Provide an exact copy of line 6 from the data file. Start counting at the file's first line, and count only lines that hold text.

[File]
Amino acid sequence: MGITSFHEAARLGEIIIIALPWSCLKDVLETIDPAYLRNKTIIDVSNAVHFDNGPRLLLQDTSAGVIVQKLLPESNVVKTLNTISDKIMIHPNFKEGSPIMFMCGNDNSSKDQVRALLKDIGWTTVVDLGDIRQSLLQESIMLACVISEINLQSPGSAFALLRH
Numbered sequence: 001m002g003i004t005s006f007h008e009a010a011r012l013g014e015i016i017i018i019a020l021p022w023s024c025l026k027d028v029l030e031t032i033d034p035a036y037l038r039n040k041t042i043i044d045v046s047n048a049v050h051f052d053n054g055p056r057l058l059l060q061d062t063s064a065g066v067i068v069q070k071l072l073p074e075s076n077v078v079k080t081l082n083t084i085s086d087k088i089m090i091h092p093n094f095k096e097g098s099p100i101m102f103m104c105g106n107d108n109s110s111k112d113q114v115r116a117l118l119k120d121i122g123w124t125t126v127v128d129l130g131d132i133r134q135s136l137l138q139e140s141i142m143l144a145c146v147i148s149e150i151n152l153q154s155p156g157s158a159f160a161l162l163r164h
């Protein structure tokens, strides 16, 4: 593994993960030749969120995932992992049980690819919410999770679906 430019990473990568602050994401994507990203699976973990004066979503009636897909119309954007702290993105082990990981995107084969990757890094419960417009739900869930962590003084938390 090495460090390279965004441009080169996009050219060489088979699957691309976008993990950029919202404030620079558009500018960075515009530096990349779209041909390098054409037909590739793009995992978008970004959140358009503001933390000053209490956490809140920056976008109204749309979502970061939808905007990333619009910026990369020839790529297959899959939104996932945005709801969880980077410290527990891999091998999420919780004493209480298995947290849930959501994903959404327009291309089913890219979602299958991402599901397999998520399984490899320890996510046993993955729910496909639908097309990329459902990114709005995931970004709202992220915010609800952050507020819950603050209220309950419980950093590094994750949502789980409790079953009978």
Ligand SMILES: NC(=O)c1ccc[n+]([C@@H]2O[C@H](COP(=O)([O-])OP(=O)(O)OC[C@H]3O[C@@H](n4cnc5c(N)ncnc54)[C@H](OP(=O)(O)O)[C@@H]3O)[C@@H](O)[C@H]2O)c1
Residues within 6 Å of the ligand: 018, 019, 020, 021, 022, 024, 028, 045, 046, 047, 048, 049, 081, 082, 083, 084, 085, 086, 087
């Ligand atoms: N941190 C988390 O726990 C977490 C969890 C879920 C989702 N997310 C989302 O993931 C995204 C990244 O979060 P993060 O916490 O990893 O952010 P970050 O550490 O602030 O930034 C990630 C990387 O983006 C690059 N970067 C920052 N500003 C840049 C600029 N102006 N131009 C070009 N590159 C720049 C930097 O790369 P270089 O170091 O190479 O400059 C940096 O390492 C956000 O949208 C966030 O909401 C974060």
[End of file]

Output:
């Ligand atoms: N941190 C988390 O726990 C977490 C969890 C879920 C989702 N997310 C989302 O993931 C995204 C990244 O979060 P993060 O916490 O990893 O952010 P970050 O550490 O602030 O930034 C990630 C990387 O983006 C690059 N970067 C920052 N500003 C840049 C600029 N102006 N131009 C070009 N590159 C720049 C930097 O790369 P270089 O170091 O190479 O400059 C940096 O390492 C956000 O949208 C966030 O909401 C974060």